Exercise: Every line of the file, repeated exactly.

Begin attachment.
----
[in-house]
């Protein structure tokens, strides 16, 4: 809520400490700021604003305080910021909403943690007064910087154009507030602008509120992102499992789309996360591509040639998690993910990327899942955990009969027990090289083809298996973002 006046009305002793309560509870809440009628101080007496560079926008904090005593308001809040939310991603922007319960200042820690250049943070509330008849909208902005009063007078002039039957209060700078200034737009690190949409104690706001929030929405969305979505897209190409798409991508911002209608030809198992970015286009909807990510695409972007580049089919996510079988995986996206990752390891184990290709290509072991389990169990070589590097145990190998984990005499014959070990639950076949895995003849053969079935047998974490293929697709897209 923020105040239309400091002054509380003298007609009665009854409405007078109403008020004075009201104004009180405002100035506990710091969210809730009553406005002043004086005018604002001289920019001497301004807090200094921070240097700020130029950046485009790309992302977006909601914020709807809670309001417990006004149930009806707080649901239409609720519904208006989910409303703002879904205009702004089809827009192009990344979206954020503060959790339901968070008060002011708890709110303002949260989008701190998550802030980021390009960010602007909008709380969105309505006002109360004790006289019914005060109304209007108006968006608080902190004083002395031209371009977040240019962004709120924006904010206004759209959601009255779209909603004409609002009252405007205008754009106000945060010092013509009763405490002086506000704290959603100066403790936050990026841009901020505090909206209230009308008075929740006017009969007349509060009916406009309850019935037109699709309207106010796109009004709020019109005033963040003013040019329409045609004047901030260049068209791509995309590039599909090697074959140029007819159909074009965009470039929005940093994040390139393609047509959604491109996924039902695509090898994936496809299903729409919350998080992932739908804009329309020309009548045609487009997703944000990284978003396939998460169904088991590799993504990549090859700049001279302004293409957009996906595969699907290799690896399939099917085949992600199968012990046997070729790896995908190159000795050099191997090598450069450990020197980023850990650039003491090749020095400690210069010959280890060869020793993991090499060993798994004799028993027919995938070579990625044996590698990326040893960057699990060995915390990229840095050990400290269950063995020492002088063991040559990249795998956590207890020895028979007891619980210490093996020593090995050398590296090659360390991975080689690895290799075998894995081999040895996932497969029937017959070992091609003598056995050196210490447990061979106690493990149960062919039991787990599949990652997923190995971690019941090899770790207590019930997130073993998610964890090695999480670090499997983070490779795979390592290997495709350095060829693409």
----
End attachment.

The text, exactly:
[in-house]
């Protein structure tokens, strides 16, 4: 809520400490700021604003305080910021909403943690007064910087154009507030602008509120992102499992789309996360591509040639998690993910990327899942955990009969027990090289083809298996973002 006046009305002793309560509870809440009628101080007496560079926008904090005593308001809040939310991603922007319960200042820690250049943070509330008849909208902005009063007078002039039957209060700078200034737009690190949409104690706001929030929405969305979505897209190409798409991508911002209608030809198992970015286009909807990510695409972007580049089919996510079988995986996206990752390891184990290709290509072991389990169990070589590097145990190998984990005499014959070990639950076949895995003849053969079935047998974490293929697709897209 923020105040239309400091002054509380003298007609009665009854409405007078109403008020004075009201104004009180405002100035506990710091969210809730009553406005002043004086005018604002001289920019001497301004807090200094921070240097700020130029950046485009790309992302977006909601914020709807809670309001417990006004149930009806707080649901239409609720519904208006989910409303703002879904205009702004089809827009192009990344979206954020503060959790339901968070008060002011708890709110303002949260989008701190998550802030980021390009960010602007909008709380969105309505006002109360004790006289019914005060109304209007108006968006608080902190004083002395031209371009977040240019962004709120924006904010206004759209959601009255779209909603004409609002009252405007205008754009106000945060010092013509009763405490002086506000704290959603100066403790936050990026841009901020505090909206209230009308008075929740006017009969007349509060009916406009309850019935037109699709309207106010796109009004709020019109005033963040003013040019329409045609004047901030260049068209791509995309590039599909090697074959140029007819159909074009965009470039929005940093994040390139393609047509959604491109996924039902695509090898994936496809299903729409919350998080992932739908804009329309020309009548045609487009997703944000990284978003396939998460169904088991590799993504990549090859700049001279302004293409957009996906595969699907290799690896399939099917085949992600199968012990046997070729790896995908190159000795050099191997090598450069450990020197980023850990650039003491090749020095400690210069010959280890060869020793993991090499060993798994004799028993027919995938070579990625044996590698990326040893960057699990060995915390990229840095050990400290269950063995020492002088063991040559990249795998956590207890020895028979007891619980210490093996020593090995050398590296090659360390991975080689690895290799075998894995081999040895996932497969029937017959070992091609003598056995050196210490447990061979106690493990149960062919039991787990599949990652997923190995971690019941090899770790207590019930997130073993998610964890090695999480670090499997983070490779795979390592290997495709350095060829693409």